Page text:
The misuse of gasoline powered electric generators is resulting in the death & injury to people at work and during power outages. Use them cautiously, safely and far away from buildings, campers & your air. Never use outdoor barbecue’s inside. Never use gas or gasoline powered tools inside. Be careful with unvented portable heaters. DO NOT USE UNVENTED SYSTEMS INDOORS FOR EMERGENCY HEAT! Who is responsible for the air you breathe? Always be prepared for CO! A carbon monoxide alarm/detector should be used whenever a combustion system is used. The choice of alarms, detectors and monitors may be a matter of life, better health or death. Your awareness is a matter of life or death! There are approximately 50,000 Emergency Room visits for CO poisoning in the USA annually. Hampson NB, Weaver LK. Undersea Hyperb Med 2007; 34(3): 163‐8. Affiliation: Center for Hyperbaric Medicine; Section of Pulmonary and Critical Care Medicine, Virginia Mason Medical Center, Seattle, WA, USA; Reference: Undersea and Hyperbaric Medical Society) More and more states and communities are requiring carbon monoxide alarms in living quar‐
ters, including motels. Though many of these laws are limited in their protective scope, they are a start at society recognizing a method to encourage safe practices to the silent killer. Many of these laws are named with recognition to children and other loved one’s who have died from carbon monoxide. Every day of the year CO news reports from around the world underline the prevalence and common occurrences of accidental poisonings. Often these deaths and illnesses could have been prevented if the people affected were more aware or better educated in the realities of this deadly gas. Perhaps if the building had a carbon monoxide alarm the injury could have been avoided. How much CO is too much? The health effects can vary significantly due to age, sex, weight and overall state of health. CO is measured in Parts per Million or PPM; out of a million molecules of air, how many are carbon monoxide. The time given respective to the levels referenced in this chart, are for healthy people unless otherwise stated. 12,000 PPM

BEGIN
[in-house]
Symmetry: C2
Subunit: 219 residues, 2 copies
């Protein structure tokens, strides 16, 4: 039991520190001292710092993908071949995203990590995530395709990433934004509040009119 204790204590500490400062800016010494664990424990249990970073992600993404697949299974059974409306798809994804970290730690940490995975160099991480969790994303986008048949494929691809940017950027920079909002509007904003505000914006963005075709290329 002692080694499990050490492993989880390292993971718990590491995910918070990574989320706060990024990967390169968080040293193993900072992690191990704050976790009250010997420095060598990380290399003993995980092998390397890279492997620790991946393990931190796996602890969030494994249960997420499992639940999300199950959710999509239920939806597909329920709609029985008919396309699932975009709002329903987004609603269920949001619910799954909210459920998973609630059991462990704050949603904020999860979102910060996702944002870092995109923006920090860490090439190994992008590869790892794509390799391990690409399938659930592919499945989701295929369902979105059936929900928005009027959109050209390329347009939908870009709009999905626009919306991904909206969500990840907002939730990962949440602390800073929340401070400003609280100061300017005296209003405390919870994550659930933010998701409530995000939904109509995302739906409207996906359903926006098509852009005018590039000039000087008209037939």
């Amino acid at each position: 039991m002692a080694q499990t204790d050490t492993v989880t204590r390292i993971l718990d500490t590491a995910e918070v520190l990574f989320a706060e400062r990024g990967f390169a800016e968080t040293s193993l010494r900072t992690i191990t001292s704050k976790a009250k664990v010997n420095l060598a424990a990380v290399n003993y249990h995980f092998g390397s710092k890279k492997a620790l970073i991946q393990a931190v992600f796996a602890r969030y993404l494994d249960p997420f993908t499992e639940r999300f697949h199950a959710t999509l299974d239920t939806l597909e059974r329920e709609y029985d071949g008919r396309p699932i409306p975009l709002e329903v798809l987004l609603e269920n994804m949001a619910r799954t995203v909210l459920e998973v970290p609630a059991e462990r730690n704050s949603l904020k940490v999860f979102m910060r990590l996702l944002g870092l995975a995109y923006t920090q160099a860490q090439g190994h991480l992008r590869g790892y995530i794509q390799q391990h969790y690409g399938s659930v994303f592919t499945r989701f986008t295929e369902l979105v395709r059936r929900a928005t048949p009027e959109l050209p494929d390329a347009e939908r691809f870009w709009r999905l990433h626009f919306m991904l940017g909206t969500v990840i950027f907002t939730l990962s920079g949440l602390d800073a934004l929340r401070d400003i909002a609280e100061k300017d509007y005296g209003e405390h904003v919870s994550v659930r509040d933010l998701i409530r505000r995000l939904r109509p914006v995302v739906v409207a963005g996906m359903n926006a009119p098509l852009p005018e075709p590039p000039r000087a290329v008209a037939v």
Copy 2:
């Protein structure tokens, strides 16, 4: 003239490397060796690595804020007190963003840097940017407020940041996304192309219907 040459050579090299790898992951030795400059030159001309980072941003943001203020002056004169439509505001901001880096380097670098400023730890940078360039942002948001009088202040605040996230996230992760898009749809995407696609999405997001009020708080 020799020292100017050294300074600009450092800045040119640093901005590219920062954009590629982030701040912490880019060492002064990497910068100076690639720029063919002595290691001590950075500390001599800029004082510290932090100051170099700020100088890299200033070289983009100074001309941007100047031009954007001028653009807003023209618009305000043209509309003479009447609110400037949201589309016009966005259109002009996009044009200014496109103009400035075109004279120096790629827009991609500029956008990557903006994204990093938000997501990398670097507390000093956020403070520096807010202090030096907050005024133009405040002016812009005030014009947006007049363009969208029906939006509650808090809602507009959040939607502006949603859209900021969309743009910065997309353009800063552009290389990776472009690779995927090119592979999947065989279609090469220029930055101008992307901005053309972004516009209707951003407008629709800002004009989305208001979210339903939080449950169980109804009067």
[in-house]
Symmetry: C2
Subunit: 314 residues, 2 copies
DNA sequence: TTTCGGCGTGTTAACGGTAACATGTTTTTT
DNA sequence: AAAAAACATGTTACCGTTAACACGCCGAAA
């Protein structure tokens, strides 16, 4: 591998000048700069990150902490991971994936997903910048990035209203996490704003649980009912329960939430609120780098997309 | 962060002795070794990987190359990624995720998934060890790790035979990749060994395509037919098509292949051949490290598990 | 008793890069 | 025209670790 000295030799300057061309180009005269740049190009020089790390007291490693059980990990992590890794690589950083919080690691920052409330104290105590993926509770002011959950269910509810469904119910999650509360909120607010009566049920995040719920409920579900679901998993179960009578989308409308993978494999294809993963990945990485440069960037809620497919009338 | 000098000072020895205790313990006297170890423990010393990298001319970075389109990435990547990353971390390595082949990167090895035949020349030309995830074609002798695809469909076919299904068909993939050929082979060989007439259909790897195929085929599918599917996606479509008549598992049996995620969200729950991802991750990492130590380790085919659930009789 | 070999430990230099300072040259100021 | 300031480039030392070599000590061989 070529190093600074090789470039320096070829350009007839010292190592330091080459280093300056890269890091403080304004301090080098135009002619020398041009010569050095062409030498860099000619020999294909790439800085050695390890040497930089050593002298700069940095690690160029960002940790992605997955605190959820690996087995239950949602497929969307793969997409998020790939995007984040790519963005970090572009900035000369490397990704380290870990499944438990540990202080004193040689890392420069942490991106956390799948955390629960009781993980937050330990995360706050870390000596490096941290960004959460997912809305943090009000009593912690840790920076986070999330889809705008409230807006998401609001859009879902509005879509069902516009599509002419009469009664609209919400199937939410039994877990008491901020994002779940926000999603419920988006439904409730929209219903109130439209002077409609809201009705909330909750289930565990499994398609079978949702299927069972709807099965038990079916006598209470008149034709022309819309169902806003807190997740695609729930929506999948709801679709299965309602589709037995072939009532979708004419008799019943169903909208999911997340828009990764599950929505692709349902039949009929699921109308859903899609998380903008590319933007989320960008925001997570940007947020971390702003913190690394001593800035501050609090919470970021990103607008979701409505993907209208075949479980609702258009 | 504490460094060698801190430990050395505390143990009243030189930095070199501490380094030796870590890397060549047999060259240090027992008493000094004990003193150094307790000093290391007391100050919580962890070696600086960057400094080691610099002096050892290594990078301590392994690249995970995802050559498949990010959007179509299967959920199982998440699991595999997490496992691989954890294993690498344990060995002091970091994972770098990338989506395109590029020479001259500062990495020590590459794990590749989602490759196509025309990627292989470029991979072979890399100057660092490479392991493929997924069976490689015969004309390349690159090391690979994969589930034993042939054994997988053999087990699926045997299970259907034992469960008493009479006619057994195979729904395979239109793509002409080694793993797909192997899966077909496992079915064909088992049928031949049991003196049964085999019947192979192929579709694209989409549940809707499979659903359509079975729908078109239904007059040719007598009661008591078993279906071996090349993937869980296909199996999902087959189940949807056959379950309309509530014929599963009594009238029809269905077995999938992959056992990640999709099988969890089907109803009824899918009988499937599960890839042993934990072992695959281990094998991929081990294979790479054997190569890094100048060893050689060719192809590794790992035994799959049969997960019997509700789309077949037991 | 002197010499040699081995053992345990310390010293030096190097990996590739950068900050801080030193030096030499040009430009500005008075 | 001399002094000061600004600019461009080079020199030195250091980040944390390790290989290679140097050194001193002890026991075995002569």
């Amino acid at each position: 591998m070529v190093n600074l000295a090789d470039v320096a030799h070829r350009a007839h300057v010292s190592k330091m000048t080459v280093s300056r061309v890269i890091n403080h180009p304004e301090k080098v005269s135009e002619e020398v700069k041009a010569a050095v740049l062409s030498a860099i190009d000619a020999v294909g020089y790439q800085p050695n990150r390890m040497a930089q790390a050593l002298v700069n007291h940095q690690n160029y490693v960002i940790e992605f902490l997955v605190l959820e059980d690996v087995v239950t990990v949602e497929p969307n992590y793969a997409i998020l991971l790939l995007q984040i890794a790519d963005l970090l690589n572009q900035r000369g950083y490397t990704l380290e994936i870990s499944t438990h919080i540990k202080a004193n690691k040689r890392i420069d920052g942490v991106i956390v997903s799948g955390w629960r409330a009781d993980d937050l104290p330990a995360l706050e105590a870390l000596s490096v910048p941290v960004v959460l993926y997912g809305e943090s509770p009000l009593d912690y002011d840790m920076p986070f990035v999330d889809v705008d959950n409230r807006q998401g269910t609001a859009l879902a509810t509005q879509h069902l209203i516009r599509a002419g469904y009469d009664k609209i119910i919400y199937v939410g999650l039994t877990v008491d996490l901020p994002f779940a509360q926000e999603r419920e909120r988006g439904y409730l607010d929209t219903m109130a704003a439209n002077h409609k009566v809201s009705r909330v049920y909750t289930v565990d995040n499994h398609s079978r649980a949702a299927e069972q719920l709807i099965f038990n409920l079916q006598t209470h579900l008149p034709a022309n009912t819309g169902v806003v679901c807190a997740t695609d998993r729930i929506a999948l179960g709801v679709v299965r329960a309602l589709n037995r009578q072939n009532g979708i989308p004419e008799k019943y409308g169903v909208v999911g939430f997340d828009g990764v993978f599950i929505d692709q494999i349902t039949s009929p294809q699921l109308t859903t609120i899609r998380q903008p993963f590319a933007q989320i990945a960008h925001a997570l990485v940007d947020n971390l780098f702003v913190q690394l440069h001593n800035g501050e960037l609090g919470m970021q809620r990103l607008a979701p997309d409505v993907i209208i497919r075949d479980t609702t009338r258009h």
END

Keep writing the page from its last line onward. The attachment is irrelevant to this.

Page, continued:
Death within 1 – 3 minutes
1,600 PPM
Nausea within 20 minutes, death within 1 hour
800 PPM
Nausea and convulsions – death within 2 hours
400 PPM
Frontal headaches within 1‐2 hours; life threatening within 3 hours; UL 2034 alarms should sound within 4 and 15 minutes.
200 PPM
NIOSH (National Institute for Occupational Safety & Health Administration) A worker will not be exposed to more than this amount.
150 PPM
UL 2034 Listed alarms must respond within a range of 10 to 50 minutes if this concentration or higher is present.
70 PPM
If CO at this level for 50 minutes up to 4 hours, UL 2034 alarm should be sounding.
50 PPM
Maximum average level for continuous exposure in an 8 hour workday per federal law.
35 PPM
8 hour exposure TWA (time weighted average); NIOSHA (National Institute of Occupational Safety and Health Administration) of the CDC (Center for Disease Control). 10–35 PPM Marginal ‐ Small children, elderly, and those suffering respiratory or heart problems are cautioned if these are chronic exposures concentrations. May increase heart stresses. COSA recommended CO alarms and personal monitors alarm no later than within these concentrations and all have digital displays and progressive silencing options. COSA recommends all homes & buildings be equipped with alarms to protect vulnerable people from these concentrations. Breathing apparatus & civilian evacuations begin or completed by Fire Departments.
25 PPM
8 hour TWA limit; ACGIH (American Conference Of Governmental Industrial Hygienists)
9 PPM This concentration is often measured around busy city streets & intersections. ASHRAE TWA for 24 hour continuous indoor exposure. EPA 8 hour TWA outside standard.